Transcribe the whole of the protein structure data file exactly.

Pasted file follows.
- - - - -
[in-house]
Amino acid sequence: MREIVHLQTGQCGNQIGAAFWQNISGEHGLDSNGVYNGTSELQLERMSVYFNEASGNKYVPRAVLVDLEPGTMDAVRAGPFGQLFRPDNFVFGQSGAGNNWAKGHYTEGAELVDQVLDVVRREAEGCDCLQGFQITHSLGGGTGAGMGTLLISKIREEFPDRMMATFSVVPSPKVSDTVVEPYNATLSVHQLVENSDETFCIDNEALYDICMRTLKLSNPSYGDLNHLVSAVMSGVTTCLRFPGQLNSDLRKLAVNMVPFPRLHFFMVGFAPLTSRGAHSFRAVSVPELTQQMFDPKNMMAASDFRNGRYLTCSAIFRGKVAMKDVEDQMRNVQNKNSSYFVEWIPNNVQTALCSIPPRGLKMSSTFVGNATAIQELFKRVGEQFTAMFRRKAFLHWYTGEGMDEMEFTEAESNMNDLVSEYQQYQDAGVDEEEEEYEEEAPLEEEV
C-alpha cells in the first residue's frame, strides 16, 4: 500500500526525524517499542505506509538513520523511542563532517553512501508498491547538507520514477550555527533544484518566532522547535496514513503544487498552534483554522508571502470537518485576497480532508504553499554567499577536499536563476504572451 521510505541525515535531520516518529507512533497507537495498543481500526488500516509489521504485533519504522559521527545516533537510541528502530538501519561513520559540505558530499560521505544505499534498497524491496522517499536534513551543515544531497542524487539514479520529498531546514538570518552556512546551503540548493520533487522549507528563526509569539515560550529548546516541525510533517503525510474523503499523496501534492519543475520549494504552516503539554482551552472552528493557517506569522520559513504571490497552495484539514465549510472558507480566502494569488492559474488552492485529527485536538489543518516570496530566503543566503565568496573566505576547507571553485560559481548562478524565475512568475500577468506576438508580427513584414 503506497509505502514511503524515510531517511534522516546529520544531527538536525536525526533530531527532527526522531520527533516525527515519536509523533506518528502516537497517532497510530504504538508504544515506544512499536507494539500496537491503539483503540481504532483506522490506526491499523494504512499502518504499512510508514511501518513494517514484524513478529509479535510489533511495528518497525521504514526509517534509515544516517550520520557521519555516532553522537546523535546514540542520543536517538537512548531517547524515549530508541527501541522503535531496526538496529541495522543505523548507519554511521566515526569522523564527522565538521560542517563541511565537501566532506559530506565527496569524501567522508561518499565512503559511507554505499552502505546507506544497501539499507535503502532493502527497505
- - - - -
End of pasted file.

[in-house]
Amino acid sequence: MREIVHLQTGQCGNQIGAAFWQNISGEHGLDSNGVYNGTSELQLERMSVYFNEASGNKYVPRAVLVDLEPGTMDAVRAGPFGQLFRPDNFVFGQSGAGNNWAKGHYTEGAELVDQVLDVVRREAEGCDCLQGFQITHSLGGGTGAGMGTLLISKIREEFPDRMMATFSVVPSPKVSDTVVEPYNATLSVHQLVENSDETFCIDNEALYDICMRTLKLSNPSYGDLNHLVSAVMSGVTTCLRFPGQLNSDLRKLAVNMVPFPRLHFFMVGFAPLTSRGAHSFRAVSVPELTQQMFDPKNMMAASDFRNGRYLTCSAIFRGKVAMKDVEDQMRNVQNKNSSYFVEWIPNNVQTALCSIPPRGLKMSSTFVGNATAIQELFKRVGEQFTAMFRRKAFLHWYTGEGMDEMEFTEAESNMNDLVSEYQQYQDAGVDEEEEEYEEEAPLEEEV
C-alpha cells in the first residue's frame, strides 16, 4: 500500500526525524517499542505506509538513520523511542563532517553512501508498491547538507520514477550555527533544484518566532522547535496514513503544487498552534483554522508571502470537518485576497480532508504553499554567499577536499536563476504572451 521510505541525515535531520516518529507512533497507537495498543481500526488500516509489521504485533519504522559521527545516533537510541528502530538501519561513520559540505558530499560521505544505499534498497524491496522517499536534513551543515544531497542524487539514479520529498531546514538570518552556512546551503540548493520533487522549507528563526509569539515560550529548546516541525510533517503525510474523503499523496501534492519543475520549494504552516503539554482551552472552528493557517506569522520559513504571490497552495484539514465549510472558507480566502494569488492559474488552492485529527485536538489543518516570496530566503543566503565568496573566505576547507571553485560559481548562478524565475512568475500577468506576438508580427513584414 503506497509505502514511503524515510531517511534522516546529520544531527538536525536525526533530531527532527526522531520527533516525527515519536509523533506518528502516537497517532497510530504504538508504544515506544512499536507494539500496537491503539483503540481504532483506522490506526491499523494504512499502518504499512510508514511501518513494517514484524513478529509479535510489533511495528518497525521504514526509517534509515544516517550520520557521519555516532553522537546523535546514540542520543536517538537512548531517547524515549530508541527501541522503535531496526538496529541495522543505523548507519554511521566515526569522523564527522565538521560542517563541511565537501566532506559530506565527496569524501567522508561518499565512503559511507554505499552502505546507506544497501539499507535503502532493502527497505